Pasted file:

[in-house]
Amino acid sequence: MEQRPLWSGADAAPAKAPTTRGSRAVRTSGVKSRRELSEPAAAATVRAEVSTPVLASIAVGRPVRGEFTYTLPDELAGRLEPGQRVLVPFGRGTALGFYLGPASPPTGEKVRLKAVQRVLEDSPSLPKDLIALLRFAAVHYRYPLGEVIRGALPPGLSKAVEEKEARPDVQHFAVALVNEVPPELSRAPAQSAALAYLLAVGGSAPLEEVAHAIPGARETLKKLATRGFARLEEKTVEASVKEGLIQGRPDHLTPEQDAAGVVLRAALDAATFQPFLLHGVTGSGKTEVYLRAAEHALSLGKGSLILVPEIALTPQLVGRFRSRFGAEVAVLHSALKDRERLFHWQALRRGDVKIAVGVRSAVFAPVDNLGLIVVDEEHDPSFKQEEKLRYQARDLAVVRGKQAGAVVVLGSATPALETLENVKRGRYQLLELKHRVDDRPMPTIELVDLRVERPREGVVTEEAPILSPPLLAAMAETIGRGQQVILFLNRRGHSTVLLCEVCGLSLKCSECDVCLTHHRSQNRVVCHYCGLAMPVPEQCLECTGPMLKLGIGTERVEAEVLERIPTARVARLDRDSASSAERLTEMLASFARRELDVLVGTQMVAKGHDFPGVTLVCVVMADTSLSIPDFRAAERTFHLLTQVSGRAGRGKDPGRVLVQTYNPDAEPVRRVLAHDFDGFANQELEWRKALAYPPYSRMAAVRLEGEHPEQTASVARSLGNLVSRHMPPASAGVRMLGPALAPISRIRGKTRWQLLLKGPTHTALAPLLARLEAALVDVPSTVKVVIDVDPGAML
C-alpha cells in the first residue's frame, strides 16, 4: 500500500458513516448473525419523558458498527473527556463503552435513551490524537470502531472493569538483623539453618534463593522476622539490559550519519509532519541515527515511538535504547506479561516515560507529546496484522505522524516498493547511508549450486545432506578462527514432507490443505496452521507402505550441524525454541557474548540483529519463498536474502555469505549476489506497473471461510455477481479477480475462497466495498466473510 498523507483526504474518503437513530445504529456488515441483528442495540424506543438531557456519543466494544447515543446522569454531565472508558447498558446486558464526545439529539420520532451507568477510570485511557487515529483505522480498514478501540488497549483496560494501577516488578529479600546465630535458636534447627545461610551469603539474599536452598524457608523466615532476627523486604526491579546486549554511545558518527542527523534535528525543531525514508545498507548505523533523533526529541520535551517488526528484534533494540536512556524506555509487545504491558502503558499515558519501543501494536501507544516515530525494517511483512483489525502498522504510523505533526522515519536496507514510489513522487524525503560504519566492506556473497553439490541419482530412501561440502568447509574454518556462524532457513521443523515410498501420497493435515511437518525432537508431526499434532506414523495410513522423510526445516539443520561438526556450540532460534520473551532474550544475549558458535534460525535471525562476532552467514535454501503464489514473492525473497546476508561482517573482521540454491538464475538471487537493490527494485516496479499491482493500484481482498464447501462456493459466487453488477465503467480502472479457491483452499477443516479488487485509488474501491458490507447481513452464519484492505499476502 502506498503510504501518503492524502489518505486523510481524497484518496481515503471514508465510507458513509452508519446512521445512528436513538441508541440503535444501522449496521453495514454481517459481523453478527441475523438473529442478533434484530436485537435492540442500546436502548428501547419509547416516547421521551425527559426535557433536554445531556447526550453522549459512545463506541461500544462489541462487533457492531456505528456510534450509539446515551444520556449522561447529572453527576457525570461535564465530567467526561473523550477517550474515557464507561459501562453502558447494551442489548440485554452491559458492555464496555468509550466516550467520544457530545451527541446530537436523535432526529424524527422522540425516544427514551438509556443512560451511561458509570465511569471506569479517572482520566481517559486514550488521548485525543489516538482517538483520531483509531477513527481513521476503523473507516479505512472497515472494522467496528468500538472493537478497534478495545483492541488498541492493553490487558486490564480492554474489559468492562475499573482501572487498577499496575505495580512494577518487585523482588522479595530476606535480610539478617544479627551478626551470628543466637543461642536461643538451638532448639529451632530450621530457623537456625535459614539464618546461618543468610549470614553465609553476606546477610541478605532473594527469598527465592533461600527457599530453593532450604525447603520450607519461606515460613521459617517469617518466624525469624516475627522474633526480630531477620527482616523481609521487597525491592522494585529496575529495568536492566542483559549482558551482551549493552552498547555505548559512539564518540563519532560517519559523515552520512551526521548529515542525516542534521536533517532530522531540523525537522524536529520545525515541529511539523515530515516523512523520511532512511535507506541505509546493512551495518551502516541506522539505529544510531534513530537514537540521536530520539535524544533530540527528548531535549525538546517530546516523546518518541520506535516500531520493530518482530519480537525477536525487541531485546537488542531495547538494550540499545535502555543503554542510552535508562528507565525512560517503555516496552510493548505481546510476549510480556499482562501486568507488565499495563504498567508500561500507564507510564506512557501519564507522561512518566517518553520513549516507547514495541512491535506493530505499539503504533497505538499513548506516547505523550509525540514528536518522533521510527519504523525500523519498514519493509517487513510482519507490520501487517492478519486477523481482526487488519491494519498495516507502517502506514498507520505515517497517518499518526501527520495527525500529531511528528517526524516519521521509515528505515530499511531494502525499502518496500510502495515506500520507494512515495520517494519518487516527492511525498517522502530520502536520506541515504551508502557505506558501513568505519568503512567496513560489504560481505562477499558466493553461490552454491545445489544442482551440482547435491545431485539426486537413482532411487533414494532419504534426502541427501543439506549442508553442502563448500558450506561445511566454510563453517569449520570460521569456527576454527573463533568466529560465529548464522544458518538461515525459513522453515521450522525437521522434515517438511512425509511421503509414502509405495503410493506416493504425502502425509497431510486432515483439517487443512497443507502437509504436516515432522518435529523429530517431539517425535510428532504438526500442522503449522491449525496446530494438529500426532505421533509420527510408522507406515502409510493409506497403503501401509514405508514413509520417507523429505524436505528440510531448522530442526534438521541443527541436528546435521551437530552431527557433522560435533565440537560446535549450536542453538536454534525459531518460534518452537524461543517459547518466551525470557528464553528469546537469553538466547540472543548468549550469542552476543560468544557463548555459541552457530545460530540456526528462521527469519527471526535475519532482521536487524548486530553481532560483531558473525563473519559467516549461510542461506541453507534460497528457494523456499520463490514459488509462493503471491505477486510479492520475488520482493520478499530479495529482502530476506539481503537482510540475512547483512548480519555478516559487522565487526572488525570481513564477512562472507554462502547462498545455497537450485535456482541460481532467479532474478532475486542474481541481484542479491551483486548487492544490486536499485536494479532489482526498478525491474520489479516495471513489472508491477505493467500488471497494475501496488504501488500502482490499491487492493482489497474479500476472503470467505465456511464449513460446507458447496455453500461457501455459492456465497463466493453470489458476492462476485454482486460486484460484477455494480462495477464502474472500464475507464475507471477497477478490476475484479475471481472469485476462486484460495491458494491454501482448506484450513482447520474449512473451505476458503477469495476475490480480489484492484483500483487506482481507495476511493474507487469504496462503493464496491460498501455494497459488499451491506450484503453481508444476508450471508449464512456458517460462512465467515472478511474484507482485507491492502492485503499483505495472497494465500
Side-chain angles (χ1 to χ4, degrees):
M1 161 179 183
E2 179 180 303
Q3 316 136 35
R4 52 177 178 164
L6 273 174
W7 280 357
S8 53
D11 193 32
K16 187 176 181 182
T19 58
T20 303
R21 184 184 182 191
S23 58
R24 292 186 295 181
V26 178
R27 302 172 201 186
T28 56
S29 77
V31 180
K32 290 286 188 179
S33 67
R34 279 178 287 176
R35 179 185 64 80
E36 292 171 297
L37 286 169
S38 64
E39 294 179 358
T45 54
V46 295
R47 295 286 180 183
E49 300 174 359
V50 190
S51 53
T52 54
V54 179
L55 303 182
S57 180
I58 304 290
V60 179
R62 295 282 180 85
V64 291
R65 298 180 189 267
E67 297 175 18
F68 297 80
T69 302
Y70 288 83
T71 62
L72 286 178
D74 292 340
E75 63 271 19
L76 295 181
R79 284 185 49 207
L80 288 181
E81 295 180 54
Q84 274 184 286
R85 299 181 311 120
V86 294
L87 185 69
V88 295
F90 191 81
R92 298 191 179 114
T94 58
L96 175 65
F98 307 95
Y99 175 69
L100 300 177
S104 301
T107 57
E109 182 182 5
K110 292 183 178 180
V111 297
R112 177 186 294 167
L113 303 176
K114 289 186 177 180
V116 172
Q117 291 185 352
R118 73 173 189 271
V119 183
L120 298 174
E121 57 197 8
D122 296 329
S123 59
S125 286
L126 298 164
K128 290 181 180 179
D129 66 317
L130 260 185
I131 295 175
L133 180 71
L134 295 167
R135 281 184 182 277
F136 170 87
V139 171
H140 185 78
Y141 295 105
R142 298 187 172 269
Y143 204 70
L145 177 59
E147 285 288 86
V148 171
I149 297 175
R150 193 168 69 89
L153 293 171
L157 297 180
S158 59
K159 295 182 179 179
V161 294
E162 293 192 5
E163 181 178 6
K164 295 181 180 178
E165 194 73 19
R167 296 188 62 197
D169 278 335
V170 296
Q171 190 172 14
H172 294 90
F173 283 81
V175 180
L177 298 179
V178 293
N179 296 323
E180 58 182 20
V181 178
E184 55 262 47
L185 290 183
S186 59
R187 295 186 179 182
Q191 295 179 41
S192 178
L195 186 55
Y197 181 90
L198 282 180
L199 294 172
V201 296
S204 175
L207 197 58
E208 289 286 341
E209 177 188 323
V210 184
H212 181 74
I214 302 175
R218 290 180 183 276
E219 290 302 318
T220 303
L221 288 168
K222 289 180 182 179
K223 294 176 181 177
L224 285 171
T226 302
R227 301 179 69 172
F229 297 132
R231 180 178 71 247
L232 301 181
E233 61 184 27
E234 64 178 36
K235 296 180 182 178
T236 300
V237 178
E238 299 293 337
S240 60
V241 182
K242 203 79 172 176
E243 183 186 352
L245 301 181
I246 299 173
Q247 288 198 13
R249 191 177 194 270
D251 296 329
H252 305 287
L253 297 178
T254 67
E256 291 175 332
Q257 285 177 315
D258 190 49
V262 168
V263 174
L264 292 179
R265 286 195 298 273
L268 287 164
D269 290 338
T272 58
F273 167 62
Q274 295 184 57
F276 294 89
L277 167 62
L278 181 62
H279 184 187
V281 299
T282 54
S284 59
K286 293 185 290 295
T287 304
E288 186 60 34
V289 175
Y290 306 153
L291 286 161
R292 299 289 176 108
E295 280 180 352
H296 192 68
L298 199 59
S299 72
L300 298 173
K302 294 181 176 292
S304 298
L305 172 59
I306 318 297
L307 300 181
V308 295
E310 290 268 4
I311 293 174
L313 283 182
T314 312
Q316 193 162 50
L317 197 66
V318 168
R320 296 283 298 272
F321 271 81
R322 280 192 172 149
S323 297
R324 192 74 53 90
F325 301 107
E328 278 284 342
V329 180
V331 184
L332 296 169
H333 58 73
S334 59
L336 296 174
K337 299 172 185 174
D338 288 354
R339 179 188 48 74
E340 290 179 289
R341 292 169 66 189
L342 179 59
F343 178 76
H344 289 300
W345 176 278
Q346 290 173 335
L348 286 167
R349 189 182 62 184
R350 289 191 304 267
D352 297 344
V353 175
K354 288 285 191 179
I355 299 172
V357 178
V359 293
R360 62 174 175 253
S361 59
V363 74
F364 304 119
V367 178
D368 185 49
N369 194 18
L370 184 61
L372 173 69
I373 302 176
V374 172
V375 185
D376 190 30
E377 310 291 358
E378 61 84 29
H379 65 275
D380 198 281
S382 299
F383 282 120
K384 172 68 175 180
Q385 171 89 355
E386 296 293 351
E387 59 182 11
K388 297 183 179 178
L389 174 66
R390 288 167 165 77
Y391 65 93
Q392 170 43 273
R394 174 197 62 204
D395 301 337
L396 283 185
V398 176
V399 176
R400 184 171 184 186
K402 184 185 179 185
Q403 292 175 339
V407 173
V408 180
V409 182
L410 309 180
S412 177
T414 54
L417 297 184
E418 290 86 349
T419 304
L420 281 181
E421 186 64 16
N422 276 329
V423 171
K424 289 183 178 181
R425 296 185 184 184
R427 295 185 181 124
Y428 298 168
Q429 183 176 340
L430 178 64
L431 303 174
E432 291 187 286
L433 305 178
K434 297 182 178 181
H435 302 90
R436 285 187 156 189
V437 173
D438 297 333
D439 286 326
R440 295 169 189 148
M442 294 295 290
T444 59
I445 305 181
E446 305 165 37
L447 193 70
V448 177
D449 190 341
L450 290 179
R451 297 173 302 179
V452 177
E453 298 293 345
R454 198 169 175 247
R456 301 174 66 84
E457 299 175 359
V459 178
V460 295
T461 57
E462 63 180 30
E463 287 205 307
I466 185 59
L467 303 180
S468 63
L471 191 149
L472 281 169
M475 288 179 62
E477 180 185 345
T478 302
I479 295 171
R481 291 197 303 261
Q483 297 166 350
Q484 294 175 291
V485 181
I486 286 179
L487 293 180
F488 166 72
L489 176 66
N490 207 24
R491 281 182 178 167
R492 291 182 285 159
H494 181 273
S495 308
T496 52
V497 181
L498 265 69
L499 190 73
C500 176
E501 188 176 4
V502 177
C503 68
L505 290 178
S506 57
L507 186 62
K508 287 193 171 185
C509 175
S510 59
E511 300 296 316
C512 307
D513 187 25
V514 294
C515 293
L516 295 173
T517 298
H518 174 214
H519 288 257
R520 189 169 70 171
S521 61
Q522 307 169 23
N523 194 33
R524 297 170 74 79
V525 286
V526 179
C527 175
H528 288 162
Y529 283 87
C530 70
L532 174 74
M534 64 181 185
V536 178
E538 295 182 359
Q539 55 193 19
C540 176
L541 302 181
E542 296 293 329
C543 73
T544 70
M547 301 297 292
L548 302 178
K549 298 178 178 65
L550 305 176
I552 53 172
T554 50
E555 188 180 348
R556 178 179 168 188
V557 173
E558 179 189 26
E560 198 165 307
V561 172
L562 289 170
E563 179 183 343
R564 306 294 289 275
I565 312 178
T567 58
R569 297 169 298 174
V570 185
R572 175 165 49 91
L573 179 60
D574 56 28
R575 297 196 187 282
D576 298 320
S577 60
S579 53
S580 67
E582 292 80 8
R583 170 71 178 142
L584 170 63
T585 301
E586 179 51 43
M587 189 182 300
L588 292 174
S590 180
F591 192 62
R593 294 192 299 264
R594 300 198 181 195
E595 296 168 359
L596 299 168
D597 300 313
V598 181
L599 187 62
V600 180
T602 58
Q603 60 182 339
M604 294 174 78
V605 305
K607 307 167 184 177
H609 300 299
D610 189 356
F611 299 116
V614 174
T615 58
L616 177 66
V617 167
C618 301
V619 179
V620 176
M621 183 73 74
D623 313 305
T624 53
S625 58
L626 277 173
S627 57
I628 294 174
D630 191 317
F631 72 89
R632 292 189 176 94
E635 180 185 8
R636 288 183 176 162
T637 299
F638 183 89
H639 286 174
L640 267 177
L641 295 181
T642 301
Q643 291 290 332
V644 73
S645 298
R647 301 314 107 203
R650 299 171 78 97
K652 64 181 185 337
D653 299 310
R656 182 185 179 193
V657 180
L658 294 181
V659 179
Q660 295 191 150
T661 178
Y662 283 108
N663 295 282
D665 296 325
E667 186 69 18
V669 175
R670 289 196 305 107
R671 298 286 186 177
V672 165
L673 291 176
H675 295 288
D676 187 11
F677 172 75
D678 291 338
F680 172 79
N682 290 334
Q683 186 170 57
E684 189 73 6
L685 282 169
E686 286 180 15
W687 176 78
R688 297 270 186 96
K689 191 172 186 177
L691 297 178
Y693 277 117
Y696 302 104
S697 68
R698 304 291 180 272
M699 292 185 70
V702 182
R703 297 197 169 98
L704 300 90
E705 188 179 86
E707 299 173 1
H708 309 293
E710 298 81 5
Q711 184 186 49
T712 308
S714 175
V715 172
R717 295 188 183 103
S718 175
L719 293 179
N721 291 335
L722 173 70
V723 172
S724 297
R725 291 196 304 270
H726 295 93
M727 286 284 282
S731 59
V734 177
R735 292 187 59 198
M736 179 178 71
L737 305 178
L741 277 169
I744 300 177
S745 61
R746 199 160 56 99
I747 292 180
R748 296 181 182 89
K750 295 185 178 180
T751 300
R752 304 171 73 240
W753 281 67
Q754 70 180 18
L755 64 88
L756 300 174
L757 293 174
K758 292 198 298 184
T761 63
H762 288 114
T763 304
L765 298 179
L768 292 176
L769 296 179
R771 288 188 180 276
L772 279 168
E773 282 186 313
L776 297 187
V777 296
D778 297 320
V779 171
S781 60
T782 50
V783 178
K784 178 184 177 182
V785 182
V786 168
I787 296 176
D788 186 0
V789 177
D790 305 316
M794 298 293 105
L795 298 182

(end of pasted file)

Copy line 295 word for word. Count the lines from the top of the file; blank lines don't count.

E418 290 86 349